Laphroaig 10, Cask Strength Batch #014, 58.6%

Generally, when official 10 year old Laphroaigs come out, they sell out instantly. Or at least, that was the premise to me, when I decided to get myself one of these. One half, to be exact, since my bottle was shared with JPH.

Anyway, as it turns out, that seems to be a thing of the past, since this one is stil available, more than half a year after it’s initial release. Also, the price in The Netherlands has dropped from some € 140 when it came out, to just around € 90 at the moment. For a whisky scoring almost 90 points on Whiskybase, with a relevant 253 votes, this is a very strange thing to happen.

Anyway, ex-bourbon Laphroaig, with an age statement, at high strength. What could go wrong?

Image from Whiskybase

Sweet peat, band-aids, marram grass and lots of coastal salinity. Slightly tarry, and quite old fashioned, apart from the sweetness that feels a bit artificial.

Sharp on the arrival, dry and peaty. Quite some smoke, tar, peat and band-aids. A bit of salinity, but less grassy. The sweetness is still here, but feels more integrated. Interestingly, the texture is quite syrupy.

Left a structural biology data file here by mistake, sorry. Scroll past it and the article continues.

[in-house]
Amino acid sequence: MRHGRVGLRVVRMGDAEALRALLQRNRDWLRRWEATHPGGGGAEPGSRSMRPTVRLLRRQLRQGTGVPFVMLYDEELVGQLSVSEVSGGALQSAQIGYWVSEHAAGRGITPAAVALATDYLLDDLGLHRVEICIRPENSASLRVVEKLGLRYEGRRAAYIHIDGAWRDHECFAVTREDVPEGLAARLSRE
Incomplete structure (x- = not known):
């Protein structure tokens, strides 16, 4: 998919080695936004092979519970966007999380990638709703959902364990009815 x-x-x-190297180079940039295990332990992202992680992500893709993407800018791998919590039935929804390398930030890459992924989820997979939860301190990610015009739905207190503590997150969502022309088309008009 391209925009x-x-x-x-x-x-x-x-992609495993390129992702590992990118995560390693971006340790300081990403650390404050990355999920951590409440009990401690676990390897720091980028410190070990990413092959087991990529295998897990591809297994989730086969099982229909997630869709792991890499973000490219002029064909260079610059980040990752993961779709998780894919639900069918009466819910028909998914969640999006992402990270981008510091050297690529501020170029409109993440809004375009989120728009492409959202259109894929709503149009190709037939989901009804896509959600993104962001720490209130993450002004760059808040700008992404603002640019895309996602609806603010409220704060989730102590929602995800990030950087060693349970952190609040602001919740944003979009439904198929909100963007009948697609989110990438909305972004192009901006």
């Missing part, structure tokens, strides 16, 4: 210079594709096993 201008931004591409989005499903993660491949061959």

The finis loses the sweetness and goes full frontal into the Islay peat bog. Lots of smoky peat, band-aids, a complete dry dock tarring a fishing boat.

This is one of those reviews where I am very unsure about how my remarks come across. Because, I like this one quite a bit, but I also have some less positive notes.

In a way, this one does all things rather well. It’s definitely Islay in style, and there are even some tarry and medicinal notes, which doesn’t always happen anymore with Laphroaig. That’s quite good. Very good, even.

However, that sweetness throughout the nose and palate just doesn’t sit well with me. I understand that the general palate nowadays prefers sweeter stuff, in general, but in this case it does start to feel tinkered-with to me. I just doesn’t combine that well with what the whisky tries to do, in my humble opinion.

Still, that sweetness isn’t too offensive at all, when push comes to shove. The fact that this doesn’t taste like a generic peaty whisky, but has some character is far more important.


Available for € 89 at Whiskysite, at the time of writing. Other shops found here.


About Sjoerd de Haan-Kramer

I'm very interested in booze, with a focus on whisky. I like to listen to loads of music and play lots of Magic: the Gathering, and board games too. I'm married to Anneke, have two daughters Ot and Cato, a son Moos and a cat called Kikker (which means Frog, in Dutch). I live in Krommenie, The Netherlands.
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